Crazy ideas, I know.




Omg. I’m dying.

I’m reading about weird phobias online

because sometimes I get really annoyed/panicked about weird little things; it’s hard to explain I guess. I was getting super annoyed when my phone screen started glitching, for example. 

anyways, here are some I read about: 

I wanted to add my phobia to the ‘plugs’ page.  Ever since I can remember I have been terrified of the plugs and filters in the bottom of swimming pools.  At school they made us swim lengths and I panicked and hyperventilated when I got over the plug.  Now I have a choice I just avoid them at all costs.  On holiday or in a new pool I send someone on a recky first to find out where they all are so I can avoid them.  If a pool comes on the TV (an overhead shot) I have to shut my eyes, and if I accidentally see the plug then I can’t stop thinking about it and visualising it for days.  I’m not so keen on the painted black lines, grids and tiles on pool bottoms either, but it’s the plugs and filters I find really offensive.  In the bath I have to get out before pulling the plug out.  Everyone I know thinks I’m really strange but I’m going to show them this page as proof I’m not the only one!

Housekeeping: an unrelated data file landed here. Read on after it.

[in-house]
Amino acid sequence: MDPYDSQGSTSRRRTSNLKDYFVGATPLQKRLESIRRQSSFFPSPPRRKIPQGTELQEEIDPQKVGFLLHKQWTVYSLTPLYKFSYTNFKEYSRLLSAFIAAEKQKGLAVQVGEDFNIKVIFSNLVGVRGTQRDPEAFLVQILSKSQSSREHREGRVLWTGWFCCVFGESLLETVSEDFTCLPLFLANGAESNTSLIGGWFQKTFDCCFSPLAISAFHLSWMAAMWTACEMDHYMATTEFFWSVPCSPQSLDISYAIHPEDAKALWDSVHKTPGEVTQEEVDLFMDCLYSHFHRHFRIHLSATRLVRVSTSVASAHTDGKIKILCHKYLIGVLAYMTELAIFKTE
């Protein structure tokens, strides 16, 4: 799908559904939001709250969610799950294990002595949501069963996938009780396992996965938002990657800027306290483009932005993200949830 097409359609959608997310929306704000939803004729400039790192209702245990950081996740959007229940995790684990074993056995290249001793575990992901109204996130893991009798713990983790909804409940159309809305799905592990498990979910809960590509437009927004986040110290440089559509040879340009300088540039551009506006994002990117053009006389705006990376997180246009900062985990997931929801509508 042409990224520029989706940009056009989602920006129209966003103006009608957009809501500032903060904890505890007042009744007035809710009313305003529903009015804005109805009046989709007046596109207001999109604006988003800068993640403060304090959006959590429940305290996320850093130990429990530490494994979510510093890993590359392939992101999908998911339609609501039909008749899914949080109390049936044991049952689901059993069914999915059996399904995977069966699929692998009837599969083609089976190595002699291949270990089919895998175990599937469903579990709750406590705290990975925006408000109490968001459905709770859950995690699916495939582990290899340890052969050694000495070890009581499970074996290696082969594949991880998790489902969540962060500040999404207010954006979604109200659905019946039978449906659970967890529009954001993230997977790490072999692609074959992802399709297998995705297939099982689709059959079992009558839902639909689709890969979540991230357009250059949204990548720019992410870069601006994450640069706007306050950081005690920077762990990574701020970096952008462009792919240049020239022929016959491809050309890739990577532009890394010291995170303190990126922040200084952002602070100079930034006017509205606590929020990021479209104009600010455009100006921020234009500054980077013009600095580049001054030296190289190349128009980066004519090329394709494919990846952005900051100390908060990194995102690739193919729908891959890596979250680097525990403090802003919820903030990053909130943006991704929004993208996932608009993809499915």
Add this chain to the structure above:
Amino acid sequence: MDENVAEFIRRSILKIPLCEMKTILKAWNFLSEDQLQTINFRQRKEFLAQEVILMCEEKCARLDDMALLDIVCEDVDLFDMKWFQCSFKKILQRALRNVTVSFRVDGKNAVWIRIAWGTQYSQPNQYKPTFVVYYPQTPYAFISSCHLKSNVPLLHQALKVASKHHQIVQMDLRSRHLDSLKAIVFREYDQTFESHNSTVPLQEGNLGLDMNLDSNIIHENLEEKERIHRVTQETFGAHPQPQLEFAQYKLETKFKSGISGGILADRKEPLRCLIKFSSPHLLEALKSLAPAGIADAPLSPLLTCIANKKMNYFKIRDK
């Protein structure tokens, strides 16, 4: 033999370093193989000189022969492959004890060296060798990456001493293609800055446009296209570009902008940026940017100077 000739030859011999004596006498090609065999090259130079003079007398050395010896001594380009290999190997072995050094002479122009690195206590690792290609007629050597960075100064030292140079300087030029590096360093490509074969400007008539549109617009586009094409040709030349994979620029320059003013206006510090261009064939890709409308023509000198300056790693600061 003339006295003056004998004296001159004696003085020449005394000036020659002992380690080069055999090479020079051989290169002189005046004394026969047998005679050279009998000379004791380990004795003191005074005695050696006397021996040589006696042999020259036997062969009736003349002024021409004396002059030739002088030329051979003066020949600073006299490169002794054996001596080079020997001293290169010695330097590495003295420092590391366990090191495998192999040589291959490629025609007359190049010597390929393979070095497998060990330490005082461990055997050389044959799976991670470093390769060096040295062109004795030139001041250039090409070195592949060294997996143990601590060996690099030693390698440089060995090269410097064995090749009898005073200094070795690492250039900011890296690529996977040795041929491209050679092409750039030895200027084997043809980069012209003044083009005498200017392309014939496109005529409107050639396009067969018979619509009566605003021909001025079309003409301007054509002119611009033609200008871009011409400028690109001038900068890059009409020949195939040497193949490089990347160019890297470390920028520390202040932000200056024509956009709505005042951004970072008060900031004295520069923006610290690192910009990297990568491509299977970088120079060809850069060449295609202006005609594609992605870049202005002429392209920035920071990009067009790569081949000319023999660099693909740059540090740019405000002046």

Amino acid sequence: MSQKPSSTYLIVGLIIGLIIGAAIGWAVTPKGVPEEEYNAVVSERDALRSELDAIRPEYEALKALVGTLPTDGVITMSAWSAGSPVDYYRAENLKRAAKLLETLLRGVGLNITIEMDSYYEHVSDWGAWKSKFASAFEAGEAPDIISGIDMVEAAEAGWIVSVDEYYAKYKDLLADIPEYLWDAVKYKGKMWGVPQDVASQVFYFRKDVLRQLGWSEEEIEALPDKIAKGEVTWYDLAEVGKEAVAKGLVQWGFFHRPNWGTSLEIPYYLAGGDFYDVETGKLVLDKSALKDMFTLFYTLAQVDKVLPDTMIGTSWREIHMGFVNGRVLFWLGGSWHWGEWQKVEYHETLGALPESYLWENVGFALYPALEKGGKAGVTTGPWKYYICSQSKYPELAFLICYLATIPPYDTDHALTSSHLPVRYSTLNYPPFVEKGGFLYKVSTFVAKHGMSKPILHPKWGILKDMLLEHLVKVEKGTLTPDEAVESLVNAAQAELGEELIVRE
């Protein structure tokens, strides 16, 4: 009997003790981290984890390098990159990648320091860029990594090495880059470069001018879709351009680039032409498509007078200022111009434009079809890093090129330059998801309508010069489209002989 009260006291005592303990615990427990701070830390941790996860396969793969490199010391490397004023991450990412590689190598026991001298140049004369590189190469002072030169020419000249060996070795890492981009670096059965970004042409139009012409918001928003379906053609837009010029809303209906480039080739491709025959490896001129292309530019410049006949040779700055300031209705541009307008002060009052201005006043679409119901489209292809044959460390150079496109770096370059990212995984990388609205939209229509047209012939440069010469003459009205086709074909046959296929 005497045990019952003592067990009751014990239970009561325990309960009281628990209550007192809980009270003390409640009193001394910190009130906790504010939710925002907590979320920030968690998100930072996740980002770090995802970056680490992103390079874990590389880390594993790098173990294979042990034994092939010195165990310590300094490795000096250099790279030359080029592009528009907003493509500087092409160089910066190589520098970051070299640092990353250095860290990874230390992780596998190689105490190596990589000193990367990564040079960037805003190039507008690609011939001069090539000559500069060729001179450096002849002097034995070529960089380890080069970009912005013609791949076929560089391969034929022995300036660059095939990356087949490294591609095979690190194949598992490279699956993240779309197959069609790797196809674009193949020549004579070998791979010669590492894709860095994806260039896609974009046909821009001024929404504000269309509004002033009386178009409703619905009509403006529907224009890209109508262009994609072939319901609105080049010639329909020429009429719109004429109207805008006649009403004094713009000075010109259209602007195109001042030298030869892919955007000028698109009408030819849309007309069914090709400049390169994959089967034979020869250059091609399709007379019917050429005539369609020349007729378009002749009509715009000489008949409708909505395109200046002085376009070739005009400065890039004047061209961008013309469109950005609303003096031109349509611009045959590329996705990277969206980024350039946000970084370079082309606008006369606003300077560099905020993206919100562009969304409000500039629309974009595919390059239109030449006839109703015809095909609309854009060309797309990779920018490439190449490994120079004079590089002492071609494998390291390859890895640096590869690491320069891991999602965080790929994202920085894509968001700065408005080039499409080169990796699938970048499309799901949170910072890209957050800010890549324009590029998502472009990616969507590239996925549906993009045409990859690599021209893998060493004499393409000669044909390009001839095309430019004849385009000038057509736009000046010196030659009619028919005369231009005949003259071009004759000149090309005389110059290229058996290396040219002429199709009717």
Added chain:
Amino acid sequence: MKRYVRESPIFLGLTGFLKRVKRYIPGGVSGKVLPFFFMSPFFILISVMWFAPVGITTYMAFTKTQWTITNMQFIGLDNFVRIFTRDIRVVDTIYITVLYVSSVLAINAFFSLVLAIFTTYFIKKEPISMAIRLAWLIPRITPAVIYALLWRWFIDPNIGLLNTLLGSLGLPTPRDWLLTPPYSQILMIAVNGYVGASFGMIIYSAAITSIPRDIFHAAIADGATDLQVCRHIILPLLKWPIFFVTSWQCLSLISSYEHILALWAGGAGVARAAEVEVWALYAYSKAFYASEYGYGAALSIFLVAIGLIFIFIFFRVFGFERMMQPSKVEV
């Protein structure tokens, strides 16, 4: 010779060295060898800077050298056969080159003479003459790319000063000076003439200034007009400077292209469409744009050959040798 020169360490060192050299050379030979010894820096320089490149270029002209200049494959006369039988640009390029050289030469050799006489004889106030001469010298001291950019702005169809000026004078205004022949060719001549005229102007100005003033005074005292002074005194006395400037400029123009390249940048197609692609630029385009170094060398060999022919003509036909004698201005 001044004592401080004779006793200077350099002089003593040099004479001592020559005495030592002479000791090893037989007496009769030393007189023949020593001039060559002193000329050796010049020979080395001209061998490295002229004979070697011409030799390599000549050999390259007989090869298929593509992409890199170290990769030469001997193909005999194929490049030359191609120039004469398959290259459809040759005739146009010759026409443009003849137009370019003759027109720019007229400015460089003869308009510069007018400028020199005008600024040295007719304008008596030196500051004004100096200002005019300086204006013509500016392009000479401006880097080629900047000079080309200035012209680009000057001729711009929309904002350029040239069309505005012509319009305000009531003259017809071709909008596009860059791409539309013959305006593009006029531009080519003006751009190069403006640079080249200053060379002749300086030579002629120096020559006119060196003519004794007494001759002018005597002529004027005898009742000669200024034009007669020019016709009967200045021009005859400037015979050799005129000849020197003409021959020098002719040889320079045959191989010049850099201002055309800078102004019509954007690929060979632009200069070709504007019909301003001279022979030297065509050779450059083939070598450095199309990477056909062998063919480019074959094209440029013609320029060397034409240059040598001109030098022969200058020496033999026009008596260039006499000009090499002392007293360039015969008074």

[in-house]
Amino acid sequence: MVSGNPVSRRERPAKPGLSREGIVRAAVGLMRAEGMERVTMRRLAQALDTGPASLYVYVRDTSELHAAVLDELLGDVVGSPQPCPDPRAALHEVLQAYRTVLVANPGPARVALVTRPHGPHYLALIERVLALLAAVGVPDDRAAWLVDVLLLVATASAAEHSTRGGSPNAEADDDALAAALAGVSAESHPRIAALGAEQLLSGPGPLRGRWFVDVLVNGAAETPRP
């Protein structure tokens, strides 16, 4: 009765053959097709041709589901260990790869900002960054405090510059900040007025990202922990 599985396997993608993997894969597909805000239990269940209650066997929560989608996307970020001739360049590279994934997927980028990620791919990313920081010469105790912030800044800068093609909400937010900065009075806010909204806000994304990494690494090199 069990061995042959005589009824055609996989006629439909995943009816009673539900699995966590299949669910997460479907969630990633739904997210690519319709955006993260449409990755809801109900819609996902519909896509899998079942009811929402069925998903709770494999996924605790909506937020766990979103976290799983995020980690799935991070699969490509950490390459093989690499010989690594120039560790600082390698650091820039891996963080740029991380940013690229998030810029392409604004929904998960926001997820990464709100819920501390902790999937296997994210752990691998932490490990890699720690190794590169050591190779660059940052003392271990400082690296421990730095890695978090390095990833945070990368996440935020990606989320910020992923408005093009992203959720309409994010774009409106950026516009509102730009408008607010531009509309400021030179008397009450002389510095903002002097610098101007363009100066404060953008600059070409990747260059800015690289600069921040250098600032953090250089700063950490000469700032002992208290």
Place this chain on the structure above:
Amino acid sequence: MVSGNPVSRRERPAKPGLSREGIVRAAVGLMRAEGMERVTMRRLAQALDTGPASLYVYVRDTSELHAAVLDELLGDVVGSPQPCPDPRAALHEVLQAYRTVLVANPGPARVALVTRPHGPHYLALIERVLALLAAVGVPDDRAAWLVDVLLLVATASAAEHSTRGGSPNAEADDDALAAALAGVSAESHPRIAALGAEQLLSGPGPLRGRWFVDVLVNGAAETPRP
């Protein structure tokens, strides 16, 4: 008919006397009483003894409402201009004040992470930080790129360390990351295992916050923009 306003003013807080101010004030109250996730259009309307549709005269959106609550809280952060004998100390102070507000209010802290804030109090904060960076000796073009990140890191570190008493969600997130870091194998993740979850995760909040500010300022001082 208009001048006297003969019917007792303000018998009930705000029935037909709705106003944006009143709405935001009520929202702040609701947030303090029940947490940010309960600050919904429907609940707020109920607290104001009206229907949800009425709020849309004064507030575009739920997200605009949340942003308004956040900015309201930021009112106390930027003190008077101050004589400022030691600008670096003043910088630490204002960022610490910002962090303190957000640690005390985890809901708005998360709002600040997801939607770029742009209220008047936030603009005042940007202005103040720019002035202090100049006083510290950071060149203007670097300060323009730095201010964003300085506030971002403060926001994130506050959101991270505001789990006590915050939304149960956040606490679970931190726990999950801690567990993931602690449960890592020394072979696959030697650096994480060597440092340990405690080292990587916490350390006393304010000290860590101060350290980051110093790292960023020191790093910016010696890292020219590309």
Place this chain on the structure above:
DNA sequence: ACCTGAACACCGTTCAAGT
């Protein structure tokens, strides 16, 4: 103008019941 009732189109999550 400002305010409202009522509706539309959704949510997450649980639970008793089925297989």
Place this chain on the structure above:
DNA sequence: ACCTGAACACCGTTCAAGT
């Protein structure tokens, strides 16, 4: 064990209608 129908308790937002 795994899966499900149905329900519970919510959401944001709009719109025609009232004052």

I fear  firecrackers, balloons, popping bags, anything with a sudden BANG!!…any loud bang…..it drives me nuts!!  


Thank god 
by: Anonymous 

when i see a cluster of tiny eggs, or zits or anything like that. i would get so disgusted, my skin crawls and i’m even getting itchy right now. 


I just think it’s interesting. 

sources: http://www.cbtsouthwest.co.uk/anxiety.html


Apr 16